Home > Publications . Search All . Browse All . Country . Browse PSC Pubs . PSC Report Series

PSC In The News

RSS Feed icon

Findings by Burgard, Kalousova, and Seefeldt on the mental health impact of job insecurity

ISR ranks 4th in UM's record-setting unit expenditures for research

Frey on why Michigan needs more newcomers

More News

Highlights

On Giving Blue Day, help support the next generation through the PSC Alumni Grad Student Support Fund or ISR's Next Gen Fund

Bailey et al. find higher income among children whose parents had access to federal family planning programs in the 1960s and 70s

U-M's campus climate survey results discussed in CHE story

U-M honors James Jackson's groundbreaking work on how race impacts the health of black Americans

More Highlights

Next Brown Bag

Mon, Jan 22, 2018, noon: Narayan Sastry

Achyuta Adhvaryu photo

The Long-run Impacts of Adult Deaths on Older Household Members in Tanzania

Publication Abstract

Adhvaryu, Achyuta, and Kathleen Beegle. 2012. "The Long-run Impacts of Adult Deaths on Older Household Members in Tanzania." Economic Development and Cultural Change, 60(2): 245-277.

HIV/AIDS is drastically changing the demographic landscape in high-prevalence countries in Africa. The prime-age adult population bears the majority of the mortality burden, and these "missing" prime-age adults have implications for the socioeconomic well-being of surviving family members. This study uses a 13-year panel from Tanzania to examine the impacts of prime-age mortality on the time use and health outcomes of older adults, with a focus on long-run impacts and gender dimensions. Prime-age deaths are weakly associated with increases in working hours of older women when the deceased adult was coresident in the household. The association is strongest when the deceased adult was living with the elderly individual at the time of death and for deaths in the distant past, suggesting that shorter-run studies may not capture the full extent of the consequences of adult mortality for survivors. Holding more assets seems to buffer older adults from having to work more after these shocks. Most health indicators are not worse for older adults when a prime-age household member has died, although more distant adult deaths are associated with an increased probability of acute illness for the surviving elderly. For deaths of children who were not residing with their parents at baseline, the findings show no impact on hours worked or health outcomes.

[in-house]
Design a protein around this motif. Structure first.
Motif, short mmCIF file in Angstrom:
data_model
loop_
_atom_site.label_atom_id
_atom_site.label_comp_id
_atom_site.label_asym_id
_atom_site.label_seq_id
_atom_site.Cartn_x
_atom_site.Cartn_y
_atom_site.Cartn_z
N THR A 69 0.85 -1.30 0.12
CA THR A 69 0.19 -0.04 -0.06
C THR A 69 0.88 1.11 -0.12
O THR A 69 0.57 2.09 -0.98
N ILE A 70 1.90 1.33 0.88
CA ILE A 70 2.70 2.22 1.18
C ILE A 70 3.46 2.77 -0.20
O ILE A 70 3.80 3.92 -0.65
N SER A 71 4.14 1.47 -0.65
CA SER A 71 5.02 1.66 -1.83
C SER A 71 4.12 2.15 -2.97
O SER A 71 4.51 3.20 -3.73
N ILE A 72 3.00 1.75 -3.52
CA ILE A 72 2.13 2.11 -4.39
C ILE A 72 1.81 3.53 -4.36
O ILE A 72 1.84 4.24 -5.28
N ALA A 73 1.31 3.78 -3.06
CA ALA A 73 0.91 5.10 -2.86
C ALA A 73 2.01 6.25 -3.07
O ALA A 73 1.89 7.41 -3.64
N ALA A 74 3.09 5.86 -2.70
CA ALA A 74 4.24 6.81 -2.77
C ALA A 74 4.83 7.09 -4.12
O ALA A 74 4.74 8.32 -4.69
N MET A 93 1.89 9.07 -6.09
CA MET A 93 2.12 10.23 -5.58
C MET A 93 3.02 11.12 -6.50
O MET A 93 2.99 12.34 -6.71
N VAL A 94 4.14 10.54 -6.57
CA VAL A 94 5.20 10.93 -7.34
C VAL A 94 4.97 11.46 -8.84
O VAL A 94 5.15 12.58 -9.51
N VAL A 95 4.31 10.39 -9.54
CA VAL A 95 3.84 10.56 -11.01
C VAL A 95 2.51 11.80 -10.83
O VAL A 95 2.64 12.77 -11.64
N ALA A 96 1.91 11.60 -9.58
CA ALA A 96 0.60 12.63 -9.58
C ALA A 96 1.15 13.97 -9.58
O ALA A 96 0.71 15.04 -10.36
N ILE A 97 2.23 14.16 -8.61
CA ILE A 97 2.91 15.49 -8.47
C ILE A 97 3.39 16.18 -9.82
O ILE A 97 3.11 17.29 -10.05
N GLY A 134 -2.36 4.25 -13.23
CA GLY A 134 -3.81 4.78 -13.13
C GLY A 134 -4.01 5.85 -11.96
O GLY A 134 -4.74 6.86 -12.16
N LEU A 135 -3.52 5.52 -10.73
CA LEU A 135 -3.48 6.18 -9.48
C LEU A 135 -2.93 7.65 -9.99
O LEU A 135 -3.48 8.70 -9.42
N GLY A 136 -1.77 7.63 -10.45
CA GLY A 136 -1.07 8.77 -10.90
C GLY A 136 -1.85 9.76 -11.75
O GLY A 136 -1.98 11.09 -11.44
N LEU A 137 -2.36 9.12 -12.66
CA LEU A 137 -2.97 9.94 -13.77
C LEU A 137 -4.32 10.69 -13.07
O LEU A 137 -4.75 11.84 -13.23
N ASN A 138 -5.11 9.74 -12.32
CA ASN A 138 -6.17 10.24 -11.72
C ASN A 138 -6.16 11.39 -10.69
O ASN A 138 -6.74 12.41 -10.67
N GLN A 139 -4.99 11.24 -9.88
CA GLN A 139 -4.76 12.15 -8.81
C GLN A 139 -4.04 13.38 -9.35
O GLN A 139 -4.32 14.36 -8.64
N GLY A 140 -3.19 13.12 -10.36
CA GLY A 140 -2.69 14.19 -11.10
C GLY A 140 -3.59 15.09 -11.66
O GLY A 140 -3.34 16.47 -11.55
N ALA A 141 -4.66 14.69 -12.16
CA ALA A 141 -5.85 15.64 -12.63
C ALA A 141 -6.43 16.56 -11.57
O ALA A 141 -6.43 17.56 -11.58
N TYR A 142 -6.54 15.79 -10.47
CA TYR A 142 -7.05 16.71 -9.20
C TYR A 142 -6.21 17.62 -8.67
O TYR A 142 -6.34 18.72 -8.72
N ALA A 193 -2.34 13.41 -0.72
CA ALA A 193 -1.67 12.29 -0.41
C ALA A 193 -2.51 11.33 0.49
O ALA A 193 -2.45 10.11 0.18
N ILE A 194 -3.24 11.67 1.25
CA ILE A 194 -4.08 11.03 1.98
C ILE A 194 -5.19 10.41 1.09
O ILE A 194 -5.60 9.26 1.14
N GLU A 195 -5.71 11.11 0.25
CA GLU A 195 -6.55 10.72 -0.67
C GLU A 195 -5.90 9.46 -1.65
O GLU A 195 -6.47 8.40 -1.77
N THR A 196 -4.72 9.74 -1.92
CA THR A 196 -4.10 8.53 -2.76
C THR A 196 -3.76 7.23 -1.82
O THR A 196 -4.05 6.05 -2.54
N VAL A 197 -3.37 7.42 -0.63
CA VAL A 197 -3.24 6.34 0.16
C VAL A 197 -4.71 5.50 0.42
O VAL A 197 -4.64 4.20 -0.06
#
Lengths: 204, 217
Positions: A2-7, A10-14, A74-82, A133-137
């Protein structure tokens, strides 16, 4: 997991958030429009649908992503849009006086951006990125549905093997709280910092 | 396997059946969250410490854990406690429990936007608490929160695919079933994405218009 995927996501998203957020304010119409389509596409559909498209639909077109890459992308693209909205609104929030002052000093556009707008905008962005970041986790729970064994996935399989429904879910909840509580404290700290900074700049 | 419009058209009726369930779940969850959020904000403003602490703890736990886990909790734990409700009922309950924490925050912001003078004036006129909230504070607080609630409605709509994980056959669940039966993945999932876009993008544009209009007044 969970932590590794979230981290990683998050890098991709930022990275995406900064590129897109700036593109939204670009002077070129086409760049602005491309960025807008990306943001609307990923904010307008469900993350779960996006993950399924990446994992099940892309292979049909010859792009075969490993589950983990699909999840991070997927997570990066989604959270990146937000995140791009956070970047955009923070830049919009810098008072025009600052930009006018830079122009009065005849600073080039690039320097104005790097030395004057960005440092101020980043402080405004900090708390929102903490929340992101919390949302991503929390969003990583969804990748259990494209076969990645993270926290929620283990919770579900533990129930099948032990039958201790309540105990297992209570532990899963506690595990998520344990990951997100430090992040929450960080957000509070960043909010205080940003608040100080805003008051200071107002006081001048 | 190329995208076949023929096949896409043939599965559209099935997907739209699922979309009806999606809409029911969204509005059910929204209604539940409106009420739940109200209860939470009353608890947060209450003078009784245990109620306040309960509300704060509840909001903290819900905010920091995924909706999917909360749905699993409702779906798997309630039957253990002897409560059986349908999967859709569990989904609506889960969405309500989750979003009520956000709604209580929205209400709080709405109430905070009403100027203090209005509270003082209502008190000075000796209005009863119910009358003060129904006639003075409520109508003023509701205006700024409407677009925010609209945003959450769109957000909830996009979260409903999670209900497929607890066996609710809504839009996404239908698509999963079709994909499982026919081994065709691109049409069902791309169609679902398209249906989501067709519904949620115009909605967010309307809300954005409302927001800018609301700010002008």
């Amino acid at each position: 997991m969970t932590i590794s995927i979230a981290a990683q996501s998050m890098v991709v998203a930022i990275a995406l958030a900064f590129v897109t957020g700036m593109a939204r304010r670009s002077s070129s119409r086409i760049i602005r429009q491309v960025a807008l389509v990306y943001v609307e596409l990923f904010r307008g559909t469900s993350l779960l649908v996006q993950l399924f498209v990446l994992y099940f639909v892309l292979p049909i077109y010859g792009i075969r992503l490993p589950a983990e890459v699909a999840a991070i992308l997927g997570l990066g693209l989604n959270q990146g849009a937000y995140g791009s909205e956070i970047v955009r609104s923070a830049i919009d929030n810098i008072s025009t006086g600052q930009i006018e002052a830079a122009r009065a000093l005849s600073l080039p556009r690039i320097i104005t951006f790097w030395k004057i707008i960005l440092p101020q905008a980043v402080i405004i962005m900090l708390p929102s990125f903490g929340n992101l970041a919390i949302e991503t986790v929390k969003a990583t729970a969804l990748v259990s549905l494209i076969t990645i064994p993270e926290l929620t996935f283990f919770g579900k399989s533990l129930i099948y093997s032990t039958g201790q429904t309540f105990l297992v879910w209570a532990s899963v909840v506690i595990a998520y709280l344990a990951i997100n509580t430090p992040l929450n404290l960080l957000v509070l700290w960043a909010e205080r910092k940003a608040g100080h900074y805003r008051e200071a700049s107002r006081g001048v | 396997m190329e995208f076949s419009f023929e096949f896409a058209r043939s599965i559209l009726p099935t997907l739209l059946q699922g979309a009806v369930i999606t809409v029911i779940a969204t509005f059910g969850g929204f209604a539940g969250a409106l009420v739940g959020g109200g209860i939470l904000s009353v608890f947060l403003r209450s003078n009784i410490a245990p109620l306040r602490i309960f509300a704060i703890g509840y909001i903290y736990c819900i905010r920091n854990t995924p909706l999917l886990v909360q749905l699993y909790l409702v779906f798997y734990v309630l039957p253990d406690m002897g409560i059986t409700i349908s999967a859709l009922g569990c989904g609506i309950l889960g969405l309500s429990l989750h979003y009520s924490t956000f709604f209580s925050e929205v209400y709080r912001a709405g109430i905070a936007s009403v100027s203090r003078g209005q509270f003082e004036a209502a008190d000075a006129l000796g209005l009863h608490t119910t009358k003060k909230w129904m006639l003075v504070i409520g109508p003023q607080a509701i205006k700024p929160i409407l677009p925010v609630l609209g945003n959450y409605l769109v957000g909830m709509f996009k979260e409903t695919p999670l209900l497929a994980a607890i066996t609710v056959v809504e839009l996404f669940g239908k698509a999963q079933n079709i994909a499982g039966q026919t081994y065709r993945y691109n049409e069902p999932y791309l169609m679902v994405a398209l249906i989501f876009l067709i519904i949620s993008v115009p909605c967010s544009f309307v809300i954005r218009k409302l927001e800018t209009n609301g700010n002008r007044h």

DOI:10.1086/662577 (Full Text)

PMCID: PMC4203381. (Pub Med Central)

Country of focus: Tanzania.

Browse | Search : All Pubs | Next